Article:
In one system, the person has a dedicated locator device and, if they mislay the item, they can click a button on the locator device to make the tag beep. The locator device will need to be kept somewhere obvious. These systems can be confusing and difficult to use for some people with dementia. They may be more helpful for carers, or when carers are able to support the person to use them.
An alternative (and less intrusive) approach is to attach a small tile to each item and link these to a smartphone using a simple app. One system like this stores the last place your phone 'saw' the tile. This location can then be displayed on the phone's map function.
These can support people with dementia to stay in touch with others. The most common type of devices are adapted telephones. These can be pre-programmed with frequently used numbers. The person can then call a friend or relative by pressing a single large button or a button with their photo on it. Some telephones are even designed so only preset numbers can be dialled. Many smartphones also offer this option using their touch-screen function.
Another option is video chat, where people talk to and see each other via a computer, tablet or smartphone. These technologies - which include the well-known Skype service - are free to use once both parties are set up, although you will need to have internet access.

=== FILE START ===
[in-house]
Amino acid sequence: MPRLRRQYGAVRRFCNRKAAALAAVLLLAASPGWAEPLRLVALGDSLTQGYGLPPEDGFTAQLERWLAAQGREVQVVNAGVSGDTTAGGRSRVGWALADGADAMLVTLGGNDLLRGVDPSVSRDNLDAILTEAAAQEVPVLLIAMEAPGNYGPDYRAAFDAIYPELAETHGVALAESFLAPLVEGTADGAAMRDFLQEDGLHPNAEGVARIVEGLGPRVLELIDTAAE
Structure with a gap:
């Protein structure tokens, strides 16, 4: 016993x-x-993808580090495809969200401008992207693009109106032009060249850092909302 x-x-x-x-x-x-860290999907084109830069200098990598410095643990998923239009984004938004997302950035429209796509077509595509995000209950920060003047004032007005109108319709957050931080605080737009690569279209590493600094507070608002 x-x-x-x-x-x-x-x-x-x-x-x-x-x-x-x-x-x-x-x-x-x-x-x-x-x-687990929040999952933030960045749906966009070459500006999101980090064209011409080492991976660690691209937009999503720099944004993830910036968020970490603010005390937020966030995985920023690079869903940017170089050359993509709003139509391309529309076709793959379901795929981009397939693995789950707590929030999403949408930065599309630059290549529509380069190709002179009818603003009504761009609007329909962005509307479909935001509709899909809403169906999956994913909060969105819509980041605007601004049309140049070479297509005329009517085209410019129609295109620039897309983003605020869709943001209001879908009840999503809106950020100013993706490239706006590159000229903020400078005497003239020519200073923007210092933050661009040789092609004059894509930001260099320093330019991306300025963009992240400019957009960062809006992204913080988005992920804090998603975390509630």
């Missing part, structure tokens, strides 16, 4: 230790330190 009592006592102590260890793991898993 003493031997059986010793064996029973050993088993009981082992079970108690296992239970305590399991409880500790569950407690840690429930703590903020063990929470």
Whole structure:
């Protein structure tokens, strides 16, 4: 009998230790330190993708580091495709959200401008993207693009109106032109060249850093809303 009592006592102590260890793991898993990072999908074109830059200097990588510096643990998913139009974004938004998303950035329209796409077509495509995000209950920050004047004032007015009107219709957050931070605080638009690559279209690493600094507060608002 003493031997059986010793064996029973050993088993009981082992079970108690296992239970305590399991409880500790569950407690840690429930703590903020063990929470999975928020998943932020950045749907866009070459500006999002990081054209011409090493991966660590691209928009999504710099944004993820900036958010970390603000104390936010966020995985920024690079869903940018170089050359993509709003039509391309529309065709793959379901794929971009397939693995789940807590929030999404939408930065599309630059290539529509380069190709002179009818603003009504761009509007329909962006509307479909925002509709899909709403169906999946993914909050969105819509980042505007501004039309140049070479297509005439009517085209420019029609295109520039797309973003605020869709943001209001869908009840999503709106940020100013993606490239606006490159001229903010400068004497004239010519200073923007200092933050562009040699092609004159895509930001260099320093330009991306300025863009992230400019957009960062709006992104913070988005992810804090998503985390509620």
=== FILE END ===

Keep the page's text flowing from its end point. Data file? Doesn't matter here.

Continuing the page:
For a person who has problems with speech, communicating using cards that combine pictures and text may help. Someone caring for the person might use these cue cards to offer different options for an activity, for example. The person would then point or nod to choose the one they want.
Talking mats is a popular app which takes this idea onto a tablet or computer. People can communicate how they feel, or who they want to spend time with - for example, by selecting the picture or symbol from the options offered. Talking mats is increasingly used to engage people with dementia living in care homes.